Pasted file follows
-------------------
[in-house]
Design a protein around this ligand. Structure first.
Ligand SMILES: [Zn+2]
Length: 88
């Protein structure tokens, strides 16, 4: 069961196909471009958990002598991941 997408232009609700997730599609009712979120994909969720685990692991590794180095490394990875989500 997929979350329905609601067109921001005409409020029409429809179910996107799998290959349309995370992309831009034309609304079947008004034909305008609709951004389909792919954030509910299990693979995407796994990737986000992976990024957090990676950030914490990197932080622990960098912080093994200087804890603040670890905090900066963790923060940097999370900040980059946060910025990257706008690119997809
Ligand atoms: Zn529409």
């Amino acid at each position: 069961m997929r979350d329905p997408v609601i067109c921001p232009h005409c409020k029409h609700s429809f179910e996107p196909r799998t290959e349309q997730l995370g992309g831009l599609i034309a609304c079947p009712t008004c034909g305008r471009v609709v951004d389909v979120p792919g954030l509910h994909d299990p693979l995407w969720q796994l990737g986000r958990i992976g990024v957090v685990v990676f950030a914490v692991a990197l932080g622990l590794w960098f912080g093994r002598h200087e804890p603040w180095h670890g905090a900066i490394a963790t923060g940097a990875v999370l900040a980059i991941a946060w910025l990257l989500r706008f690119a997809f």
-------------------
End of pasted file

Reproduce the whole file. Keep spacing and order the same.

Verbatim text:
[in-house]
Design a protein around this ligand. Structure first.
Ligand SMILES: [Zn+2]
Length: 88
């Protein structure tokens, strides 16, 4: 069961196909471009958990002598991941 997408232009609700997730599609009712979120994909969720685990692991590794180095490394990875989500 997929979350329905609601067109921001005409409020029409429809179910996107799998290959349309995370992309831009034309609304079947008004034909305008609709951004389909792919954030509910299990693979995407796994990737986000992976990024957090990676950030914490990197932080622990960098912080093994200087804890603040670890905090900066963790923060940097999370900040980059946060910025990257706008690119997809
Ligand atoms: Zn529409």
């Amino acid at each position: 069961m997929r979350d329905p997408v609601i067109c921001p232009h005409c409020k029409h609700s429809f179910e996107p196909r799998t290959e349309q997730l995370g992309g831009l599609i034309a609304c079947p009712t008004c034909g305008r471009v609709v951004d389909v979120p792919g954030l509910h994909d299990p693979l995407w969720q796994l990737g986000r958990i992976g990024v957090v685990v990676f950030a914490v692991a990197l932080g622990l590794w960098f912080g093994r002598h200087e804890p603040w180095h670890g905090a900066i490394a963790t923060g940097a990875v999370l900040a980059i991941a946060w910025l990257l989500r706008f690119a997809f």